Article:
Miller's Marine War Risks

Page 251


The proximate cause

The proximate cause

28.1 It is a fundamental principle of English law that the assured who seeks to establish a claim, or the underwriter who seeks to contest it, must first establish the facts of the casualty, and then show that the facts bring the casualty within the bounds of an insured peril, or in the case of the underwriter, within the bounds of an exclusion. These principles are too well known to need emphasis here, and a reader who desires to look into this aspect of the matter more closely will find the principles admirably explained by the learned authors of Arnould (19th edn), , particularly with regard to marine insurance. 28.2 Many people find it difficult to accept that a war risks case presents anything more than the usual challenge of determining the proximate cause. There will of course be no difficulty where a missile strikes the ship, or a shell hits it. The surrounding circumstances and the damage speak for themselves. But it is not always so easy where there is a fire in the cargo. Was this caused by spontaneous combustion, or was it caused by sabotage? The difficulties are exacerbated when the ship is sunk in deep water and cannot readily be examined without huge expense. Particular difficulties will be found with oil cargoes, where the risk of explosion in the tanks is always a high one. Was the proximate cause inherent in the cargo or the gases which it gives off? Or was there some incendiary device in the tanks? Mines are, curiously enough, difficult to blame with absolute certainty for some casualties as will be seen in other parts of this work. They are rarely seen, and the modern type of mine lies on the bottom of the sea where it is well out of sight. 28.3 Although the new type of war risks insurance tries to name the event itself as the insured peril, and concentrates less than before on the motives of people, these will inevitably arise where there are cases of detention. Lastly, evidence depends on that most imponderable of elements in all litigation, the factual and expert witnesses, and the effect they create on the court. The tests to be applied to establish the proximate cause are clear enough, but the results in court can never be regarded as a foregone conclusion. 28.4 Considered below are the aspects of proof which are most likely to be of concern to the assured or to the underwriter concerned with a war risk casualty. Three particular aspects are dealt with:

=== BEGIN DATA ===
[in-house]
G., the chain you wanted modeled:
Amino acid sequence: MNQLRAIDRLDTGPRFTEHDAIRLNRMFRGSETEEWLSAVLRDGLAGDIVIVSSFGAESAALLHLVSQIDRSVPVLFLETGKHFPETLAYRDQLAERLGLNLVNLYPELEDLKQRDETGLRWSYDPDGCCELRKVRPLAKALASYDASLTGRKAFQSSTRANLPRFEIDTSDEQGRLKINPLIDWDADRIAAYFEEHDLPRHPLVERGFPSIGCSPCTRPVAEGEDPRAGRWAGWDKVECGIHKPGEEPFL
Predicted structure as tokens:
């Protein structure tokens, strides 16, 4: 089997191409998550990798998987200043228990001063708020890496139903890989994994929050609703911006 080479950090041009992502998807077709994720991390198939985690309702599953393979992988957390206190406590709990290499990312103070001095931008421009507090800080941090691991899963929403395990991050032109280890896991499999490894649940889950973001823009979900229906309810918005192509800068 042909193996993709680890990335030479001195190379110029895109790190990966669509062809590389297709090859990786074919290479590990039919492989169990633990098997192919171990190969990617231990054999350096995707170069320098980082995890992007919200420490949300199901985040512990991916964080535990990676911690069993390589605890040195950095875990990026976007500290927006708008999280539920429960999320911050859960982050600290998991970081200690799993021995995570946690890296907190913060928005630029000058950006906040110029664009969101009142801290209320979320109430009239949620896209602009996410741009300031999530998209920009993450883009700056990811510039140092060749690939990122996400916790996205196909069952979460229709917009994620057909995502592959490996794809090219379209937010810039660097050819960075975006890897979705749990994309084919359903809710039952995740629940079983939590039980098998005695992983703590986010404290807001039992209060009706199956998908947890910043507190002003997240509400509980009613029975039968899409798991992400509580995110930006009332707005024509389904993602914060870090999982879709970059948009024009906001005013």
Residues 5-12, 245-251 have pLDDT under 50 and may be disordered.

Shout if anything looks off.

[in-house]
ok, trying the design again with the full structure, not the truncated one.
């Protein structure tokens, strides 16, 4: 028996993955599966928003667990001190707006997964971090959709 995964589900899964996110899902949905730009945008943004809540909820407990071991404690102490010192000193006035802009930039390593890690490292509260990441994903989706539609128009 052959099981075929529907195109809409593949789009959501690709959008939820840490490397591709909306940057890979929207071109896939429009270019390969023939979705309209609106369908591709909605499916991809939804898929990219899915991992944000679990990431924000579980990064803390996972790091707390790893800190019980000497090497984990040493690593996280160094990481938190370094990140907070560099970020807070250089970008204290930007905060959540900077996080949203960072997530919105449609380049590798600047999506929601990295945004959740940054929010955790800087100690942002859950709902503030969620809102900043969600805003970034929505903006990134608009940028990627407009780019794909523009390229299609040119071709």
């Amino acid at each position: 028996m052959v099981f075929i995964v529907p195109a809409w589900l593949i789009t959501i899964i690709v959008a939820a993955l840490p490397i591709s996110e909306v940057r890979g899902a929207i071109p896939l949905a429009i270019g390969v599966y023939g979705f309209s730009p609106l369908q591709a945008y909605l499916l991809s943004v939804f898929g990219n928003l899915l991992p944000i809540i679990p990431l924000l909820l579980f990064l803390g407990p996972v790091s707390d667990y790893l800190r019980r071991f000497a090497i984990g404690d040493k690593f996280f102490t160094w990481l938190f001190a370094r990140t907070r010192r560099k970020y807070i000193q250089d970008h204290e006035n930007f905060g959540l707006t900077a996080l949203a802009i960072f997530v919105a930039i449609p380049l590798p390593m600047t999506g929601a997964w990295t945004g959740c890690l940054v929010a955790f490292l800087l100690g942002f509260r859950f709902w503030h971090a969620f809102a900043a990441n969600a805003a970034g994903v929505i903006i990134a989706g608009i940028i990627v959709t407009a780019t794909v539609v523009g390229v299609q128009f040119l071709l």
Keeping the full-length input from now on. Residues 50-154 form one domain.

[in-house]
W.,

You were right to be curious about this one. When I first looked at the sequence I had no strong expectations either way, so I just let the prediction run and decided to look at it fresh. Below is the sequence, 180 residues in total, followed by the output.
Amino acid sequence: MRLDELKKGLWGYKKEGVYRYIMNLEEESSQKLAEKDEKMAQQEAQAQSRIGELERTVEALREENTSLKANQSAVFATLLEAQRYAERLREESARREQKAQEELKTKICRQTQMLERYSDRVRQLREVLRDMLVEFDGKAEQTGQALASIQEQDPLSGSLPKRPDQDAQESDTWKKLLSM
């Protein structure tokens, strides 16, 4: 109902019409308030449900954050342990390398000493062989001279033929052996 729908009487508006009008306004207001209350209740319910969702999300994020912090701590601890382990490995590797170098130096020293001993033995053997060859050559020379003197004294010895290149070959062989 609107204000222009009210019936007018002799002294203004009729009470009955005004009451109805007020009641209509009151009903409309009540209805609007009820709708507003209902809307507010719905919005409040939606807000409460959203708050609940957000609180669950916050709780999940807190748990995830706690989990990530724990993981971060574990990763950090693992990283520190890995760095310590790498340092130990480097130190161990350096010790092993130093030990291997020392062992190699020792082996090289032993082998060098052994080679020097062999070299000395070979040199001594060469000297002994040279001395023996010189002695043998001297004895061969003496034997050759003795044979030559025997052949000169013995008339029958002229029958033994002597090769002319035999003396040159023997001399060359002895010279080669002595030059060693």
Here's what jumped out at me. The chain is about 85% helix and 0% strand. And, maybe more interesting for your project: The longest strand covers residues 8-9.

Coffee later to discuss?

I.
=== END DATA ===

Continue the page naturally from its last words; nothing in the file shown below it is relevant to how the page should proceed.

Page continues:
• 1. The modern position on proximate cause generally (§28.6 to §28.13).
  • 2. War Risk cases:
    • (a) Several things happen more or less at once. What caused the casualty? Is it an insured peril or is it an exclusion?
    • (b) A casualty happens but its cause cannot be established with any certainty.

Page 252

28.5 Given the subject of this book, and the availability of more detailed general texts covering the topic, the focus here is on cases in which issues arose concerning proximate loss in the context of a dispute about the operation of a war risks policies. However, it is necessary to stray outside this field from time to time to ensure the law is accurately related.

Proximate cause generally

28.6 The Marine Insurance Act 1906 contains in section 55(1) a succinct encapsulation of the importance of establishing the proximate cause:

Subject to the provisions of this Act, and unless the policy otherwise provides, the insurer is liable for any loss proximately caused by a peril insured against, but subject as aforesaid, he is not liable for any loss which is not proximately caused by a peril insured against.

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